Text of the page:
There are several groups meeting in the atrium. One is for learning Spanish, another for figuring out how to make your home more neat. Although the neater home group is the one I should be signing up for, I've joined a discussion on streamlining business processes. It takes a while to get started. The host shows up late; most of the people who RSVP'ed don't turn up at all. (The conversation is interesting anyway.)
A mariachi band steps into the subway car with the suddenness of a channel change. Everything's bright and lively and loud for a couple of minutes. Later on in the ride, as the train stalls on a bridge, breakdancers appear, a hair's breadth away from head injury as they swing wildly from the poles and do backflips.
A young boy and his mom sit in the mouth of a blue tent that's backlit by the sun. They take turns blowing bubbles.
The different parts of Prospect Park feel only loosely connected. We explore a forest where a stream slips through tumbled rocks. We come to a dog beach where people wade ankle deep and throw toys for their dogs to splash after. A picnic area floats past us at one point, in a mist of smoke. We follow the tail of a larger body of water; it's serpentine and keeps changing shape. Clearings open up, criss-crossed with shadow, and large meadows suddenly spring into view, bared to the sun. These places don't feel like parts of the same park, only that they settled next to each other by chance the day we visited, so we could walk from one to the other.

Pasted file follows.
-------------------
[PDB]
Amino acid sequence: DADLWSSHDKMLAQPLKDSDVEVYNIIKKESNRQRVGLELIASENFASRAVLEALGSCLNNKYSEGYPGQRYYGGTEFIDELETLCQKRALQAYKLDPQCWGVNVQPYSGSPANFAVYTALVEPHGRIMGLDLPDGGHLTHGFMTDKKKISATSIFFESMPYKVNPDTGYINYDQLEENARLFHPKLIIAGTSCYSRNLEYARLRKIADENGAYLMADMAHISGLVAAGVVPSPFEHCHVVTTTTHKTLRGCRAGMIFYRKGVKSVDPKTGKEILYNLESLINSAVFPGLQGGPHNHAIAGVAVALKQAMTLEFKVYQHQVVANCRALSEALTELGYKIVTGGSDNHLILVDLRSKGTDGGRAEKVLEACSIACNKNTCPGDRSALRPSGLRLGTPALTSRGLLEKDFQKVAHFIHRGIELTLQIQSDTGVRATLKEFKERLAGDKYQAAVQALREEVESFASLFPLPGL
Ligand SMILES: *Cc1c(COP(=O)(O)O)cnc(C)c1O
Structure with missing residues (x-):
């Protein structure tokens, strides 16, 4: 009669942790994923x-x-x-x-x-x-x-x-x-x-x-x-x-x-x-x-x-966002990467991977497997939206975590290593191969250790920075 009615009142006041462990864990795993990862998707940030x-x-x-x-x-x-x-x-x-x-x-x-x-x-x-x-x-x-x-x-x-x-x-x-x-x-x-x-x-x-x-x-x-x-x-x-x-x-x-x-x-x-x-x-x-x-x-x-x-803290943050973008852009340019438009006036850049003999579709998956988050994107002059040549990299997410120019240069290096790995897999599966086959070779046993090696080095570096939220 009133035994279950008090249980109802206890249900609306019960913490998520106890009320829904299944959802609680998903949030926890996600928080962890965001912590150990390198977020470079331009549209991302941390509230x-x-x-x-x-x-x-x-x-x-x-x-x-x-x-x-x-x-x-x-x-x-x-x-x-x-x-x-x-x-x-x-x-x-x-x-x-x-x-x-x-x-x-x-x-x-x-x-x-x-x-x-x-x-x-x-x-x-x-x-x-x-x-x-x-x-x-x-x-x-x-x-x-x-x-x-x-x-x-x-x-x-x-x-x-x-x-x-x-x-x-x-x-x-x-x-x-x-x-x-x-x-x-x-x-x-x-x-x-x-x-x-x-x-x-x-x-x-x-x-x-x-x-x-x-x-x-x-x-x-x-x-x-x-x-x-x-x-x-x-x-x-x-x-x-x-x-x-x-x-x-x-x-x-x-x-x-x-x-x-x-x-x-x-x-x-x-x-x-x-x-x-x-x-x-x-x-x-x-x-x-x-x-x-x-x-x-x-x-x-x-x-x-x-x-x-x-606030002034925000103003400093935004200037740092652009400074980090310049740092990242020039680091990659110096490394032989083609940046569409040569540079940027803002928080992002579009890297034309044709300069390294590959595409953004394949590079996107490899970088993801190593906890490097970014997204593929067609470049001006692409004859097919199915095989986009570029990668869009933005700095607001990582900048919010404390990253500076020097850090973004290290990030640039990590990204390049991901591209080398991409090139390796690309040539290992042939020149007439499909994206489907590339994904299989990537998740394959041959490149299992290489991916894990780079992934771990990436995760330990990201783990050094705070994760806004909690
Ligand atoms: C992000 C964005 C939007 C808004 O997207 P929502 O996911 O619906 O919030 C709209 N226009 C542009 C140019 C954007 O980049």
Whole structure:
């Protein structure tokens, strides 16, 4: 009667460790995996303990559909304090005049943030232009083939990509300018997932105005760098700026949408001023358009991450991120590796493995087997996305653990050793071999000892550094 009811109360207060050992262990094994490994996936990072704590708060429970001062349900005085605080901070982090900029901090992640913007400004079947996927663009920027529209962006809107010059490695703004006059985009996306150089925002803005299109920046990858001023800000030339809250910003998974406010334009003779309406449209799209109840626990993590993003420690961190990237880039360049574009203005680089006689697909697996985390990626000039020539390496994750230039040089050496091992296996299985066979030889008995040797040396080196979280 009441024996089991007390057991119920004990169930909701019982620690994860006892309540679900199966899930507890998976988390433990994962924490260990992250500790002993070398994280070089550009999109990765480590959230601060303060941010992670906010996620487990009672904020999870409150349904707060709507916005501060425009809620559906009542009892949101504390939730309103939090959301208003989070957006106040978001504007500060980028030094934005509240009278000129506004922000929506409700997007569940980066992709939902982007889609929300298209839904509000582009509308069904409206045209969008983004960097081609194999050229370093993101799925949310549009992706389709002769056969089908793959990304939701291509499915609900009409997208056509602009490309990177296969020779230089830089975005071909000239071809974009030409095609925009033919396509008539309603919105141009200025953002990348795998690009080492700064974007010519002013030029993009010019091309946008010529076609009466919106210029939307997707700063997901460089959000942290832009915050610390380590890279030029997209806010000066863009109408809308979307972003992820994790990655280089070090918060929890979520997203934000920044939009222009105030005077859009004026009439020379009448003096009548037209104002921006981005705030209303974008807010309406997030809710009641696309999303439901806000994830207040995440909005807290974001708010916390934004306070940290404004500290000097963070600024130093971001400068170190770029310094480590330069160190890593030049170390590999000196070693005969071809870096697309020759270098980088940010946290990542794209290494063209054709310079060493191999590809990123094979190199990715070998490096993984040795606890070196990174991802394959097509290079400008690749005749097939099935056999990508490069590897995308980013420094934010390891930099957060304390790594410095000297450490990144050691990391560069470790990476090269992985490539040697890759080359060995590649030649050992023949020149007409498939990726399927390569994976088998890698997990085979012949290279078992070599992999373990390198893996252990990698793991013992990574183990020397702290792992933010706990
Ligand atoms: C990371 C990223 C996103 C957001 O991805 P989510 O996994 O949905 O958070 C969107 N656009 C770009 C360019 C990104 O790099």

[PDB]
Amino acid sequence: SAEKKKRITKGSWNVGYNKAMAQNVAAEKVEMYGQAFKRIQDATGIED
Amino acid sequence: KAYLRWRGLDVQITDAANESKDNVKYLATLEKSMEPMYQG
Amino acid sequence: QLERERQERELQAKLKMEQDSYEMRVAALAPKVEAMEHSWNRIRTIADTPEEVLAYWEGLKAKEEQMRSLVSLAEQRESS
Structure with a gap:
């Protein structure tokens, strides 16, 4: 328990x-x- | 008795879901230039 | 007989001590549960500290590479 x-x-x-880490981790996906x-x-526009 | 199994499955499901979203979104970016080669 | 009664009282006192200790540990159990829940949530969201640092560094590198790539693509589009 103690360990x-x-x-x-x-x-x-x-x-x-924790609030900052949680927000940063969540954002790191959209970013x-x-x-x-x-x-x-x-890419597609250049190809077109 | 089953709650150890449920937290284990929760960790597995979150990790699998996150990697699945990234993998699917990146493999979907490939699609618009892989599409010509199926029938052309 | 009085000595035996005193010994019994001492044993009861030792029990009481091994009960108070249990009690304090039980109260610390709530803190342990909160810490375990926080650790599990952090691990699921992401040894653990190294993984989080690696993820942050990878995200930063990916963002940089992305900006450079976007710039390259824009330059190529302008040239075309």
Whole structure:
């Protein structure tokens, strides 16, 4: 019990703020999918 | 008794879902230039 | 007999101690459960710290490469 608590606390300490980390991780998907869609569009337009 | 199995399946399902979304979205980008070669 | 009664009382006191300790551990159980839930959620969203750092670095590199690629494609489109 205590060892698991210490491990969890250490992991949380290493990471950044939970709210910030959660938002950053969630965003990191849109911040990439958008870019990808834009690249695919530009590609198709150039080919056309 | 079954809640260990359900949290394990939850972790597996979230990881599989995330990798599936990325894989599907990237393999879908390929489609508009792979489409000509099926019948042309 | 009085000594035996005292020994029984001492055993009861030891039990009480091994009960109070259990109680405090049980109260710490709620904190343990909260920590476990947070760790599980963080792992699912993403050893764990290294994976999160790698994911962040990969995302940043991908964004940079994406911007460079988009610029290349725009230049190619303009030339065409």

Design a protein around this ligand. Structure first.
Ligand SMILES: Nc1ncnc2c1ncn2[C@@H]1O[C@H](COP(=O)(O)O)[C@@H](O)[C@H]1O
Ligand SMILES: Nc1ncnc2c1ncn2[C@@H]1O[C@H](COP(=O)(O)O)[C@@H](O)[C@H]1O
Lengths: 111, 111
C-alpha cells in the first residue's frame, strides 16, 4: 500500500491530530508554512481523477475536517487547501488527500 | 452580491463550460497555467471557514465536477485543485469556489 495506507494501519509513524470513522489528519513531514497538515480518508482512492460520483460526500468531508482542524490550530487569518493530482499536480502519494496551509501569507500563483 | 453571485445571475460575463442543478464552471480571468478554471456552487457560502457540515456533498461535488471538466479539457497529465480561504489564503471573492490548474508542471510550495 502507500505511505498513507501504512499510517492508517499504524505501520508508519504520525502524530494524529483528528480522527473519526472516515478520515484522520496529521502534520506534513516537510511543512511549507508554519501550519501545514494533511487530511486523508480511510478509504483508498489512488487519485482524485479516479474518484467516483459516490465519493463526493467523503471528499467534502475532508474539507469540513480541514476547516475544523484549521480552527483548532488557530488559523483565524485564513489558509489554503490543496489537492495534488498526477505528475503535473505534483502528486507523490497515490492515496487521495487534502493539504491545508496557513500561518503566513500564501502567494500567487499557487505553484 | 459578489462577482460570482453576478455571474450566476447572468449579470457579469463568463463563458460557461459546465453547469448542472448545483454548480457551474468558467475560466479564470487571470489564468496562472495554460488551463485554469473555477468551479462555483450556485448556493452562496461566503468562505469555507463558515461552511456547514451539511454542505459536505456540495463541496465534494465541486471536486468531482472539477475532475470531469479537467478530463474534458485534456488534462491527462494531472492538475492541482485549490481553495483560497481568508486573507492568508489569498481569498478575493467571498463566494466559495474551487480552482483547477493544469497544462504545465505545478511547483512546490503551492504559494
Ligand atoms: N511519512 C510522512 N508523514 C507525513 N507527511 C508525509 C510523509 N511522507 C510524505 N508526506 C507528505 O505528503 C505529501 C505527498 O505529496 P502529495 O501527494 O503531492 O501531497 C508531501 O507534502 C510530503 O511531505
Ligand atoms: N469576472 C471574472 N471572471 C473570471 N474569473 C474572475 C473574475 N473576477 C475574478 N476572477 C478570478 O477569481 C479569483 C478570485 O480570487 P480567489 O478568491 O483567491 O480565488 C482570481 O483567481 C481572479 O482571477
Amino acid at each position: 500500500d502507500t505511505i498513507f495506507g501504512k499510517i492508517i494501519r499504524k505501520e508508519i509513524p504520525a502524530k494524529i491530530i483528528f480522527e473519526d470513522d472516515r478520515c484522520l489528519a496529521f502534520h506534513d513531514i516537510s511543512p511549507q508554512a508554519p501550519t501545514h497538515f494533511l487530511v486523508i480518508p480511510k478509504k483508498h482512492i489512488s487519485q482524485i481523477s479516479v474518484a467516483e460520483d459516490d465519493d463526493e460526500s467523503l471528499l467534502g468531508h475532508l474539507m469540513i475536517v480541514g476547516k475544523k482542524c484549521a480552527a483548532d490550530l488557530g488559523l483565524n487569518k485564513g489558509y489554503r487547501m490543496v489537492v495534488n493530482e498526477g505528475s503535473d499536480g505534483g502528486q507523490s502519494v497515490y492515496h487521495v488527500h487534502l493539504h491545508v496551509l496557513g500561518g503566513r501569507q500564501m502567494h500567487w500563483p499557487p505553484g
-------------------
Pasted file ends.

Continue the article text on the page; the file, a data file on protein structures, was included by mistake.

In these narrow streets, a theme emerges of brick submerged in leaves. Trees screen polished windows, and plants spill out of window boxes.
A passionate sermon in a woman's voice resounds through a barred door. It's a storefront church that contains a cauldron of apocalyptic feeling.
The lower level of the museum is home to vintage train cars, one of them displaying an ad for cocoa with eerie children. The upper level shows a history of city transportation and its challenges, from overcrowding to extensive flooding.